The increase in data usage and data-driven insights has given businesses an abundance of opportunities to streamline operations, optimise margins, and improve the customer experience. Without this data, businesses could struggle with support processes, low authorisation rates, reduced business insights, and there could be higher chances of fraud. However, while having as much data as possible flowing from the cardholder to the merchant to the card issuer is important, this data can often get dropped between entities and lost in the chain. Here, I’ll delve into the role of data and the benefits it can bring.

Improving transaction performance

Clearly, a smooth payment process benefits all parties involved in the payment chain: the consumer, the merchant, the payment service provider (PSP), the acquirer, the card network, and the card issuer. However, having so many parties involved can also complicate matters. For example, there’s always the risk that every link has the potential to lose data. This in turn can cause lower authorisation rates, dissatisfied customers, missed revenue, and a lack of insight into margins and how to improve the business – proper data propagation across the entire chain is crucial.

As soon as a transaction is made, all parties must ensure that every data component is properly flagged to issuers so they can make more informed decisions, that leads to better approval rates. We must also be cautious that parties can sometimes misinterpret transaction types from one of the many integrations or even drop some critical data components.

As well as poor transaction performance, acquirers can also receive integrity fees levied by the card networks. Although an issuer might think that sharing the minimum amount of data is the proper way to combat fraud, I’d argue it is vital that as much data flows back from the issuer to the merchant. Estimates suggest that while 70% of carts are abandoned online, 6% of these are due to declined transactions. But we can actively influence the rates by sharing and propagating all transactional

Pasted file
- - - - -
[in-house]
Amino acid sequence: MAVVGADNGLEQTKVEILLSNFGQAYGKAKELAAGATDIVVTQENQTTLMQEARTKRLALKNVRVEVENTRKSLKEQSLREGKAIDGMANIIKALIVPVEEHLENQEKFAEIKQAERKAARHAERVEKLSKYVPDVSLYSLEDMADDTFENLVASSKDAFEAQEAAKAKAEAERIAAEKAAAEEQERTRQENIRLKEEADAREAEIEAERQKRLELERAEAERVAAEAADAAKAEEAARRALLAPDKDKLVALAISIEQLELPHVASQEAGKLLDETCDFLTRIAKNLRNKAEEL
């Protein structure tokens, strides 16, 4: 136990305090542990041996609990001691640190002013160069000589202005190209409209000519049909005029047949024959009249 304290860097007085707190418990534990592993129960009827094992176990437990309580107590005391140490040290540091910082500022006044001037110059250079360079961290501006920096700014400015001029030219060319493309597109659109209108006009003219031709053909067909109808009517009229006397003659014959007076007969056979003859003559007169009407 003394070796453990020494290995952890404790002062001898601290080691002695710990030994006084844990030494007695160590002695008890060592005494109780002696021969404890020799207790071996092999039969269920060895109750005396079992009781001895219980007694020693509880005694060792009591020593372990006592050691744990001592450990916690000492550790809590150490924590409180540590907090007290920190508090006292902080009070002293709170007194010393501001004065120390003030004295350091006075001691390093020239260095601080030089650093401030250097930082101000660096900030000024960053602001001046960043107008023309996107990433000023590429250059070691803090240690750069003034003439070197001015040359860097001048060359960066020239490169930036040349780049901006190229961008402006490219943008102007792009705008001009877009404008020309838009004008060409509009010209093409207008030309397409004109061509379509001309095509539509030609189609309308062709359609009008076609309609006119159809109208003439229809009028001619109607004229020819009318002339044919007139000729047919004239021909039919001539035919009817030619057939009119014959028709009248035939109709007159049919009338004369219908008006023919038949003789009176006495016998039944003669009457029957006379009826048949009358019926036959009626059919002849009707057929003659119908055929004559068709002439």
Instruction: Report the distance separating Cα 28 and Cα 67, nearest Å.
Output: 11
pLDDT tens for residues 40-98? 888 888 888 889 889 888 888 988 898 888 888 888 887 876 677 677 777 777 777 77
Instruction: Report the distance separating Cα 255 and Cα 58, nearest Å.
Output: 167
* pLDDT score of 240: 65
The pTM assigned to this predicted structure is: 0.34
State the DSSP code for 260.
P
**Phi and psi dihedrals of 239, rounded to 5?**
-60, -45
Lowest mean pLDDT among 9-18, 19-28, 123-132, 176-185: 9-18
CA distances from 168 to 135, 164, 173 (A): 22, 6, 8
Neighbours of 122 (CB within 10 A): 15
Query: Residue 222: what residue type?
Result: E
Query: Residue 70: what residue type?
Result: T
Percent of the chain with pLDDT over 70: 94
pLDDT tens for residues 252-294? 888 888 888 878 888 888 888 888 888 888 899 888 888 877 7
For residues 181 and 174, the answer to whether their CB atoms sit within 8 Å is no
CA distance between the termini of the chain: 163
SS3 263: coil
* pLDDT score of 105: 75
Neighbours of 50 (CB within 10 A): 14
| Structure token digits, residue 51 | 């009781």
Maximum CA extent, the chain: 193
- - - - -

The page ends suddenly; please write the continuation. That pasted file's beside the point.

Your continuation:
details, including the decline reasons. PSPs and merchants will have the ability to properly identify inefficiencies and optimise operations by interpreting declines.

How data can mitigate fraud

Although research expected global e-commerce sales to grow by over 10% last year, it also indicated that the value of e-commerce losses to online payment fraud was expected to rise from $42b to $48b. I believe data could hold the key to combating this increase.

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This is because, with more data available, acquirers, PSPs, merchants, and risk providers can identify between those unusual transactions that are legitimate or fraudulent. For example, this could be abnormal purchase amounts, high-risk locations, suspicious transaction sequences, or refund behaviour.

Rule-based systems can block some instances of fraud, but they are easily outsmarted and could even unintentionally block good customers. Data analytics, pattern recognition, clustering, and outlier detection should be used to discover fraud and block it before it occurs in real time. Clearly, it’s also important to analyse transaction data after they have been completed too. By combining all the transaction events, acquirers and PSPs can recognise patterns that might seem harmless but reveal patterns of behaviour such as money laundering activities.

Optimising the customer experience

While I’ve covered a lot of the benefits of utilising data to identify unwanted behaviour, I must be clear that it also adds value to the consumer experience. This is achieved through analysing fully enriched transactional data. In doing so, merchants can gain insights into market trends and consumer behaviour and preferences which can enable them to make more personalised offers and rewards to their customers. The benefit? Increased customer loyalty, satisfaction, and customers that feel listened to.

This is an exciting area of where data can make a real impact. But returning to my original point, acquirers, PSPs, merchants, and service providers must ensure that all data related to transactions propagates all the way through the payment chain. In doing so, it will ensure higher conversation rates, smoother transaction processing, lower fees, combating fraud and informing business decisions.

This results in a better product offering, less friction, and increased conversion.

Alexander Groot is Product Lead at Silverflow